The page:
Not Such a Nice Walk in the Park
Residents' frustration continues with the conditions of Dyker Beach Park
Each year, Dyker Beach Park attracts thousands of local south Brooklynites to enjoy their free time in the 212 acre green-space in the heart of one of New York City’s most affluent areas. Unfortunately for local residents and visitors, the park does not at all accurately reflect its location. With little done to address residents’ numerous grievances, a neighborhood is now riddled with anger and local elected officials are without many answers.
Dyker Beach Park is quite literally littered with problems. Among those of the highest contention is the exorbitant amount of garbage that plagues the permitter of the park. Surrounding the massive green space—which includes a luxury golf course— is general litter and most dauntingly, endless piles of illegally dumped items that include furniture, old television sets, tires, and even toilets.
“We just started going for walks again around the park and it’s gross,” said Concetta Elizabeth I mean, let’s be honest, its been always nasty and dirty. But now, it's really filthy!”
Much of the trash buildup that has been covered by the recklessly growing landscape and foliage particularly in the pedestrian areas. Since the start of the pandemic in March, the New York City Parks Department has only done maintenance work on Dyker Beach Park once.
New York City Councilman Justin Brannan represents the Dyker Heights area. Since his first days in office, he has made it clear to his constituents that consistent park cleanups and maintenance have been at the top of his priorities.
“The chronic issues being described around the areas of Dyker Park, Poly Prep, and the Dyker Beach Golf Course have been on my radar ever since I took office, and even before then,” Brannan said. “A huge part of my job is advocating for multiagency responses to neighborhood problems like these, and that area is definitely one of the ones I've spent most time on.”
The poor standards of cleanliness dates back many years due to a dispute between the Parks Department and the privately owned and operated Dyker Golf Course who have had many discussions with regards to who is responsible for maintaining the property and its surrounding area.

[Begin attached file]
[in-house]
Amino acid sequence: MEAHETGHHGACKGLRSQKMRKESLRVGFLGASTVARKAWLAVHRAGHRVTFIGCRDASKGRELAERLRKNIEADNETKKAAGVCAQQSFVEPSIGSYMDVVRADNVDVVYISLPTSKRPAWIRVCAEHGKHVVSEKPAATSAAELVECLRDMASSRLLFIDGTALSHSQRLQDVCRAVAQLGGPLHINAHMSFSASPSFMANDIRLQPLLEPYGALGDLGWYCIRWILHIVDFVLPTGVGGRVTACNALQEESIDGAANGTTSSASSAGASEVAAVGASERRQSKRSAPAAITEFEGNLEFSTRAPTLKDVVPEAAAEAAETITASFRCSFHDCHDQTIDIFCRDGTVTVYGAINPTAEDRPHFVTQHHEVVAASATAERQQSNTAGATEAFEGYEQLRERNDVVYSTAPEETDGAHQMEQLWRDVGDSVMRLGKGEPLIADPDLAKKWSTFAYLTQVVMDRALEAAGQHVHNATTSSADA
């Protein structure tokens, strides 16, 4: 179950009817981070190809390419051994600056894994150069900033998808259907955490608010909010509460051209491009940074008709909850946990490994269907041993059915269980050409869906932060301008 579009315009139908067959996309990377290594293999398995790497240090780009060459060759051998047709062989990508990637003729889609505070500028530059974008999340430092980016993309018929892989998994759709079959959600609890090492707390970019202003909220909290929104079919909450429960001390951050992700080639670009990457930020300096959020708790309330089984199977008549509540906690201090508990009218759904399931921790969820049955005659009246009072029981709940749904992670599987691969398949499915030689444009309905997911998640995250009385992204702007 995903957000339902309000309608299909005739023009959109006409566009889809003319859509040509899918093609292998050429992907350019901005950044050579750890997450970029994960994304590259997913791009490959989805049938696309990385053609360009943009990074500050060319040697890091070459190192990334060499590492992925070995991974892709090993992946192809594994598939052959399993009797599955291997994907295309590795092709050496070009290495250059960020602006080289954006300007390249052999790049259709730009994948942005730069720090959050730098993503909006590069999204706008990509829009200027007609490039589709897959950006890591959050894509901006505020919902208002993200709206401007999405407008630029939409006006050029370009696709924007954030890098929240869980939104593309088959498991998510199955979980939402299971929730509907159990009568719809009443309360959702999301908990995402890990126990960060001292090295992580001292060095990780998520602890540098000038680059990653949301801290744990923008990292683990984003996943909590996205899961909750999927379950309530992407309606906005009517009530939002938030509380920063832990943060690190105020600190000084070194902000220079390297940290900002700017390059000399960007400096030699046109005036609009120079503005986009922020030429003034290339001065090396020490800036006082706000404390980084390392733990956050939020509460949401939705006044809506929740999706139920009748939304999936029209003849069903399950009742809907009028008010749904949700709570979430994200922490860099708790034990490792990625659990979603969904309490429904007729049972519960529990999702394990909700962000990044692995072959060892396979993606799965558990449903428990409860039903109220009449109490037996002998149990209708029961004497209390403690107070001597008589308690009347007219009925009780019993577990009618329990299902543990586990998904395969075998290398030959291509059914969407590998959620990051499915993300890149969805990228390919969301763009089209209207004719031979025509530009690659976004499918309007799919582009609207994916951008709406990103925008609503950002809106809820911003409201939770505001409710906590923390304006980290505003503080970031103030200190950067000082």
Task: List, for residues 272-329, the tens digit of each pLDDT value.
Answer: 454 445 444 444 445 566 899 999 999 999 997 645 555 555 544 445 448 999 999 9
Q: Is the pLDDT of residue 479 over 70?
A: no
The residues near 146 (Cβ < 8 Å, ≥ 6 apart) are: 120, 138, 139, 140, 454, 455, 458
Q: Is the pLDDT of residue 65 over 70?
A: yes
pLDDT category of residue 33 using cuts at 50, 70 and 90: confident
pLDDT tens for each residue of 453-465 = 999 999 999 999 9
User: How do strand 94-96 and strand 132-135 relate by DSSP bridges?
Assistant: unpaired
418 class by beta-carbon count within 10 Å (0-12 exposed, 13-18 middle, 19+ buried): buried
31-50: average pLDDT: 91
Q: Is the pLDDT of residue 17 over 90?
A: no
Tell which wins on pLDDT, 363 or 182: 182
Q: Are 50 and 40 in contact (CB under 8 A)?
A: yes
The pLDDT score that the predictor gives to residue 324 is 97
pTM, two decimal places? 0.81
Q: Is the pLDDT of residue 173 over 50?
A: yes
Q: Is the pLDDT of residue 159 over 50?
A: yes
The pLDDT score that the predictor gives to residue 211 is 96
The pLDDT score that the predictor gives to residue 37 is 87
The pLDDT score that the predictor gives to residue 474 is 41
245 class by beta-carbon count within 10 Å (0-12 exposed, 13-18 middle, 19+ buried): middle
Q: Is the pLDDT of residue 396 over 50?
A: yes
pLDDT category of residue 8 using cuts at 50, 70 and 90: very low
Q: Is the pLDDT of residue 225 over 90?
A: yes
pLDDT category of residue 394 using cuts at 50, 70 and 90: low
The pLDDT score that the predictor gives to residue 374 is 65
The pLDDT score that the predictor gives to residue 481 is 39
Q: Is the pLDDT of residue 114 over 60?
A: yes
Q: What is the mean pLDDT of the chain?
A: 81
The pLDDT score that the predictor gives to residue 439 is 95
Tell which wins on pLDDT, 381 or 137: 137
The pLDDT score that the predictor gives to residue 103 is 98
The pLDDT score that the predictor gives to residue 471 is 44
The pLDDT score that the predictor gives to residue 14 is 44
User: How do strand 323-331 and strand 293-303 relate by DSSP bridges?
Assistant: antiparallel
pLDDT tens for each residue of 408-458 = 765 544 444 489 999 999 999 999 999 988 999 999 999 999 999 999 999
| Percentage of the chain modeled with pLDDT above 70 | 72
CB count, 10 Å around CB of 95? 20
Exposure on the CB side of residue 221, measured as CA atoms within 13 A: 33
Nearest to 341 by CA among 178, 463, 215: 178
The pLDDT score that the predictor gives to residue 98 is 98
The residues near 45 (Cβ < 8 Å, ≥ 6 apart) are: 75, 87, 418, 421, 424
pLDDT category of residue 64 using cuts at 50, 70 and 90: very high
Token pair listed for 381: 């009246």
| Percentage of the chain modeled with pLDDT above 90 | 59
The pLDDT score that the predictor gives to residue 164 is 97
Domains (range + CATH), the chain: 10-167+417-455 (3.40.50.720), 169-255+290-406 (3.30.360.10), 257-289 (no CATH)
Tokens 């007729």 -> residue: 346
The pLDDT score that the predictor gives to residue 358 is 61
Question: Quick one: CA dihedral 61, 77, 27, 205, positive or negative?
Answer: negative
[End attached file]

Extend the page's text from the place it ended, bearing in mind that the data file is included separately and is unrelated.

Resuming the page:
“The illegal dumping and landscaping are ongoing issues that the golf course has responsibility for,” said New York State Senator Andrew Gounardes, who also represents the Dyker Heights area. “We work with them regularly to encourage them to maintain the property and have welcomed teams from the Dyker Golf Course to multiple community clean ups we have held in the area.”
Perhaps most bewildering and eerie to many residents is the abundance of occupied commercial vehicles, trucks and RV’s that linger around the park’s back corner in particular for consecutive weeks sometimes months.
Many residents—especially the elderly—have been more fearful of being in certain areas of the park considering the crime numbers in particular areas of the park outpace the rest of Dyker Heights in certain categories. According to the NYPD, in the last year beginning in January 2020, there have been six assaults, three grand larcenies and, two rapes. Ironically, an abundance of criminal activity stems from grand larcenies, burglaries, and petit larcenies of the same long term parked vehicles.
“Not only does it monopolize space, it also creates potential dangerous situations for those who walk or jog around there,” said Denise Cangemi. “I have many seniors who say they want to walk around the golf course but are petrified that someone may be hiding behind the trucks to do harm to those passing by. Why can’t anything just be easy and have things make sense and have things get taken care of?”
Like the trash problem, the shady vehicles have been apart of the Dyker Beach Park lore for many years now. On this issue, Brannan continues to field calls and emails of residents vocalizing their concerns about the park. He blames city officials and City Hall for slashing budgets of vital everyday services.